Note: this diary features plenty of spoilers. Don’t read it if that bothers you!
The Ghost Writer (2010)
The Ghost Writer (2010) is streaming for free. I thought I saw it at the time and quite liked it. But didn’t really understand the ending.
I turned out that I had only seen the very end of it — maybe 20 minutes worth. Now I think I understand the ending. It’s like Three Days of the Condor (1975) with government’s doing nasty things in secret.
But the paranoid films of the 1970s were based on typical kinds of conspiracies. The government, for example, won’t let the truth come out. The Ghost Writer posits something much darker: that there is no one truth to come out. So the ending is perfect.
My one complaint is that the mechanism for the final reveal is ridiculous. But the truth is that the final reveal isn’t even necessary. The film explains everything without it although it would eliminate the metaphoric impact of the final scene with the pages blowing down the street.
25 February 2021
Blood Beat (1983)
This is an amazing film. It’s up there with Death Bed: The Bed That Eats. It’s such a bizarre idea. A young woman staying with her boyfriend at his parents’ house is possessed by the ghost of a samurai. Or something. Not much is explained, but wow!
24 February 2021
The Aztec Mummy (1957)
I was shocked at how much I liked this. It’s produced in a 1930s style, which was probably obvious to filmgoers who saw it in the theater. It isn’t as clear now.
But the main thing is that it isn’t some low-budget quicky. The budget is clearly fairly low, as I suspect was generally true of Mexican productions at that time. But it has good (if limited) sets and a professional cast. And gobs of atmosphere.
It’s hard to find this one right now. I ended up watching the Spanish-language version. You can find it by searching for La Momia Azteca. It’s not hard to follow. And toward the end, there is no dialog anyway.
22 February 2021
Aztec Mummy Trilogy
There’s a lot of confusion about when these films were released. So here are the dates there were released in Mexico:
- The Aztec Mummy (13 November 1957)
- The Curse of the Aztec Mummy (11 December 1957)
- The Robot vs the Aztec Mummy (17 July 1958)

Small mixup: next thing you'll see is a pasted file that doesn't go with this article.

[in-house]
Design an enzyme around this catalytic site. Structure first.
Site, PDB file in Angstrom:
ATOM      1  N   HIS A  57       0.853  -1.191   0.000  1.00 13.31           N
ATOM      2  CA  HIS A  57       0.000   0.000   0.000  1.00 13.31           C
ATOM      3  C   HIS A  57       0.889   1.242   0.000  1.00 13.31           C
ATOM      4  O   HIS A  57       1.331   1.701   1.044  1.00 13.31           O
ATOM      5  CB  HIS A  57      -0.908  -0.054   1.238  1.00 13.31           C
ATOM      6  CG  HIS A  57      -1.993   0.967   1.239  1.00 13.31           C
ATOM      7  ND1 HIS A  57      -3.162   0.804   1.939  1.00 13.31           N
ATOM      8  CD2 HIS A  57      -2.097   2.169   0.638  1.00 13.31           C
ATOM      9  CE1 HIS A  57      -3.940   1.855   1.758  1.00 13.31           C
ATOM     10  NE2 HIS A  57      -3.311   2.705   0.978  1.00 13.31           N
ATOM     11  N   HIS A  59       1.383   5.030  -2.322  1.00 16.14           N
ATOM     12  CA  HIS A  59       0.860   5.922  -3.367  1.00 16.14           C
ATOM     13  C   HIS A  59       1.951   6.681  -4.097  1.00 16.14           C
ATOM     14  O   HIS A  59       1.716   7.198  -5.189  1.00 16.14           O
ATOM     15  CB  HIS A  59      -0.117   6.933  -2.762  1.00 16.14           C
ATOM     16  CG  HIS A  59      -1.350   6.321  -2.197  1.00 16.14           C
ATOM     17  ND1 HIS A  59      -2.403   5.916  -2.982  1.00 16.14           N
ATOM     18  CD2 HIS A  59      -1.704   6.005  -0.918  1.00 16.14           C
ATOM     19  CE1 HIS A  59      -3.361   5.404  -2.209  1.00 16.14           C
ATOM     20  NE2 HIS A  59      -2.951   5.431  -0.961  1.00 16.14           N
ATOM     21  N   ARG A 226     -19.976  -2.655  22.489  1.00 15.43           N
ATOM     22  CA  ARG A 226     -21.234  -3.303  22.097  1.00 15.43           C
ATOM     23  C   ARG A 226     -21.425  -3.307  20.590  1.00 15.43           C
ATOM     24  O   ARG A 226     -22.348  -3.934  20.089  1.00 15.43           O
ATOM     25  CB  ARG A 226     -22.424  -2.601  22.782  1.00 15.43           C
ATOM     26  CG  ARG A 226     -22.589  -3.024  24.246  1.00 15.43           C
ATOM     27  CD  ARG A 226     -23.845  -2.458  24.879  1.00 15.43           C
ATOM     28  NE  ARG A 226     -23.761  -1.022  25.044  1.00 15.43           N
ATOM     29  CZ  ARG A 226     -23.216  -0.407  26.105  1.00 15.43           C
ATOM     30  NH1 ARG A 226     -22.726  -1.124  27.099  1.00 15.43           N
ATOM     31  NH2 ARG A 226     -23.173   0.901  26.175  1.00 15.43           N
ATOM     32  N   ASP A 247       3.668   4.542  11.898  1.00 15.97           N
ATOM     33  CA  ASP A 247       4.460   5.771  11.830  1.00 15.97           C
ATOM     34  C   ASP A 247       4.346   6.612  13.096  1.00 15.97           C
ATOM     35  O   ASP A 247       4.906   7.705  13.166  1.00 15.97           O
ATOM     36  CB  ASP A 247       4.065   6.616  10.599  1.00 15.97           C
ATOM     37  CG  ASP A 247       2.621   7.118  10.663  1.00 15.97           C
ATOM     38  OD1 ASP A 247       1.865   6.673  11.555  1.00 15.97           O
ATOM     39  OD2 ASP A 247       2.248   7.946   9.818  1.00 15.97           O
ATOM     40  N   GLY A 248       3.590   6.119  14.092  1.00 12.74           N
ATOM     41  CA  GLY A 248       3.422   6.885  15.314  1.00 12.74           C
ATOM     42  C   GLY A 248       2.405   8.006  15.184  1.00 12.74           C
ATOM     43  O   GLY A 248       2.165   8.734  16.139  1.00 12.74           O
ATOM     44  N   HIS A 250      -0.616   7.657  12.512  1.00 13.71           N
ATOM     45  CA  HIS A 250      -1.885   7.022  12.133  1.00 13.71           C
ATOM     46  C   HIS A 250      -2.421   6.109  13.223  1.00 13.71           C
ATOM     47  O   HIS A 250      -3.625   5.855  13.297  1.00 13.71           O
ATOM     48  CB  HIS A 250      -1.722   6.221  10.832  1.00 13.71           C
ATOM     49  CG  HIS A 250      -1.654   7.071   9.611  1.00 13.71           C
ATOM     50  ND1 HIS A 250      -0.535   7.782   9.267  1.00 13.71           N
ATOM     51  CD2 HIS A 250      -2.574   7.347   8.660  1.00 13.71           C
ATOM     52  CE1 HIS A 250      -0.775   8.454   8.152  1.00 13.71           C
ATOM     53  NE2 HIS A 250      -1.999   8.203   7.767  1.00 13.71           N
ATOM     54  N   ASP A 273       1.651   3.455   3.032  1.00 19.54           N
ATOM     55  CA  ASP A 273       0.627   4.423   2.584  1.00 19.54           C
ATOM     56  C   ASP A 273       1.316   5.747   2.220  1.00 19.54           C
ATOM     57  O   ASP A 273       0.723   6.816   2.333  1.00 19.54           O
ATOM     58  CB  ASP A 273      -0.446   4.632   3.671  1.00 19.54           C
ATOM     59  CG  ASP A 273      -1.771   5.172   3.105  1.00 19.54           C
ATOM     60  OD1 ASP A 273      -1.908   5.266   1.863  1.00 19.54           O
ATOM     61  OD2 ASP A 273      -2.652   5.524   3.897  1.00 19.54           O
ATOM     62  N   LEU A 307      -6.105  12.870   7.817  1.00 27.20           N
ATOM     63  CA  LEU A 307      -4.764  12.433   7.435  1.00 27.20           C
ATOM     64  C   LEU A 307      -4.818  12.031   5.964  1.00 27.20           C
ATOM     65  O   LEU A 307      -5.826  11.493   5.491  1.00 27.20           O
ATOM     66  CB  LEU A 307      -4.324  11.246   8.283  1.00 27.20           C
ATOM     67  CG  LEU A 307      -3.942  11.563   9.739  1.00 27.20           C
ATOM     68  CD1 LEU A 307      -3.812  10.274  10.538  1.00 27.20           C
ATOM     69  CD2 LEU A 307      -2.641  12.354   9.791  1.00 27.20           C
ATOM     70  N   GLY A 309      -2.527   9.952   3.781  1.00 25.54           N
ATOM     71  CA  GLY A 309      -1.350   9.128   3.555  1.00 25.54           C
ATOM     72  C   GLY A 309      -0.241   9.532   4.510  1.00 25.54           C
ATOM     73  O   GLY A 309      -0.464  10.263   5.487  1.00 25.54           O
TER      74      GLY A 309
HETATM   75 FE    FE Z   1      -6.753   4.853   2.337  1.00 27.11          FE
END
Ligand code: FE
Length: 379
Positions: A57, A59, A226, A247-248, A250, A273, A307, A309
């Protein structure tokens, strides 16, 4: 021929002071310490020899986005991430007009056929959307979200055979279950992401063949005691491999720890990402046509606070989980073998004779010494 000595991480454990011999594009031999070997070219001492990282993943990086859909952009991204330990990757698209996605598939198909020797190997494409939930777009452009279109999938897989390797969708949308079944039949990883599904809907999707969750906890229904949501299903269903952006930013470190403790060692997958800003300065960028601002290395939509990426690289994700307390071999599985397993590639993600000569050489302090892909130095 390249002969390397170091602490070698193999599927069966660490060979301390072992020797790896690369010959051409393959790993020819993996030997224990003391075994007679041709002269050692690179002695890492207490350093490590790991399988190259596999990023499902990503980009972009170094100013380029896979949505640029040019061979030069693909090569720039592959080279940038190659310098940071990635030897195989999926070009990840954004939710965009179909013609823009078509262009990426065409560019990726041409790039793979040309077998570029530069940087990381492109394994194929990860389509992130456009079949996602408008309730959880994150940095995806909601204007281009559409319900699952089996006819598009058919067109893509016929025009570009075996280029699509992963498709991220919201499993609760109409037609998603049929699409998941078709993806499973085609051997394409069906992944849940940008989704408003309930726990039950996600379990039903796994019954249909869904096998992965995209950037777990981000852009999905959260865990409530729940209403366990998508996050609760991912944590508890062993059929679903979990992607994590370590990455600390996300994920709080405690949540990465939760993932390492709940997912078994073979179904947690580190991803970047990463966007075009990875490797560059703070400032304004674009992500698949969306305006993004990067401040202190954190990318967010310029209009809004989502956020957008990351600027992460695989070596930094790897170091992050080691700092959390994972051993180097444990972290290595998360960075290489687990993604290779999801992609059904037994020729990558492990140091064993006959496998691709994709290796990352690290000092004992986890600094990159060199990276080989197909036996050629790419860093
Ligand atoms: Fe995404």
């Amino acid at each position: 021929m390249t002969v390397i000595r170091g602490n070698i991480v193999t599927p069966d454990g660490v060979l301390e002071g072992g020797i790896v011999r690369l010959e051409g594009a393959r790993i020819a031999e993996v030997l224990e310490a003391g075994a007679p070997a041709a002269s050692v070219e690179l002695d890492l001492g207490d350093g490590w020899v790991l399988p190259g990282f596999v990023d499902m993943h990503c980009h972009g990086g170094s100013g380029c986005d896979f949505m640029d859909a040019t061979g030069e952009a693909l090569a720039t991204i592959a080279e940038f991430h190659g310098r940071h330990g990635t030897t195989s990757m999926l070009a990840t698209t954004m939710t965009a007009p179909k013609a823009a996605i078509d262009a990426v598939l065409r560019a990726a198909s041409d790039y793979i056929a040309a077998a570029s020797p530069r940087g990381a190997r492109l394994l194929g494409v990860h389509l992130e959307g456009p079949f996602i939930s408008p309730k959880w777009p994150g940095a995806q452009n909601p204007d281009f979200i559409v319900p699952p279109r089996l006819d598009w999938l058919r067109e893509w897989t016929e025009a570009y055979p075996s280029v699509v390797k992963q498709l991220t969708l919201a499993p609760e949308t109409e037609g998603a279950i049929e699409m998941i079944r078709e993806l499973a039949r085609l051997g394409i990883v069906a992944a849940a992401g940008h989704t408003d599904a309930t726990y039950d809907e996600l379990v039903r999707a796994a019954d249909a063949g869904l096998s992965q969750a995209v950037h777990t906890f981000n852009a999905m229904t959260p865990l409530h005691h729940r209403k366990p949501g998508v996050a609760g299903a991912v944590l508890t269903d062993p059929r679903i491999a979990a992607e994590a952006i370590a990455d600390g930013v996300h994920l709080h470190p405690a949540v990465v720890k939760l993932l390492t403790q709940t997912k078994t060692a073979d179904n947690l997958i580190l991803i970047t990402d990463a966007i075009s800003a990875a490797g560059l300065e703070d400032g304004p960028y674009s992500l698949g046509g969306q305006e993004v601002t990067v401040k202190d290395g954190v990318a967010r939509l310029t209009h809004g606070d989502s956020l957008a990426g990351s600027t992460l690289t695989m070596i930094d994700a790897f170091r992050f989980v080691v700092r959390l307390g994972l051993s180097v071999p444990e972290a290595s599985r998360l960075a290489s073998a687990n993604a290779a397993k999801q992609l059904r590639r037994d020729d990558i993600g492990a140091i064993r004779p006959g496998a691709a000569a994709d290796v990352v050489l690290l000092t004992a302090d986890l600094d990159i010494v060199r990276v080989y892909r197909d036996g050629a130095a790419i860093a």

Michael Weldon thought Robot was the second film. That isn’t a criticism. He’s normally authoritative. It’s amazing the information he had at that time.
22 February 2021
I just got the SHOUT! Factory Ravenous Blu-ray. The film is one of those wonderful genre-bending works that combines (among others) horror, action, and most of all: western and comedy. (The ending section parodies the gunfight in a wonderfully gruesome way!)
Because of this, I had to look at the reviews. A lot of them were good, but I didn’t read any of those. The bad ones were just what I expected.
When an unusual film comes along, you would think that a film critic would be careful about dismissing it. After all, in one viewing when the critic might have been distracted or worse, isn’t it possible they missed something? Remember, the people who made the film watched it over and over and over. If I were a film critic, I’d worry that my review wouldn’t age well.
Edward Guthmann’s review is typical. In mid-March, he claims it is candidate for “worst movie of the year.” He then makes vague criticisms of the film — as usual, things he could have as easily applauded the film for. The different elements of the film are “poorly balanced.” But had he been having a good day, he would have said that the elements “highlighted at different times lead to a profound synergy” (or some other bit of film critic horseshit).
He then goes on to discuss the production history of the film. This is a favorite of hacks everywhere. A “troubled” production means you can dismiss the film before you ever see it! Very rarely a critic will claim that a film triumphs its production problems. It doesn’t matter to me; it doesn’t belong in a review and shows how shallow film critics are.
Ultimately, Guthmann’s real problem is that he doesn’t like the subject and genre. And you know: fine! But maybe don’t go around complaining about a film you would never have liked!
21 February 2021
Teenage Zombies (1959)
Pretty standard but above-average 1950s sci-fi film. It stars Don Sullivan, the singing star of Ray Kellogg’s The Giant Gila Monster. I also watched William Peter Blatty’s The Exorcist III, which is way better.
20 February 2021
Lords Of Salem (2013)
In Lords of Salem, Rob Zombie shows that he can do Stanley Kubrick and plenty of other directors serially. But mostly he presents us with Clive Barker but without any of the fun. This is a visually stunning film, which makes it all the more disappointing that the plot is as simple as can be with absolutely pointless subplots and characters. I actually enjoyed Cat-Women of the Moon (1953) far more.
18 February 2021
12 Angry Men (1997)
YouTube Movies is streaming the 1997 remake of 12 Angry Men with Jack Lemmon. I think the original is better. But this version is still excellent. It had me sobbing at the end.
16 February 2021
Mesa of Lost Women (1953)
Tonight, I’m watching Mesa of Lost Women. It’s a remarkable film starring Jackie Coogan. The great Dolores Fuller is an extra in it.
16 February 2021
My Alien Girlfriend (2019)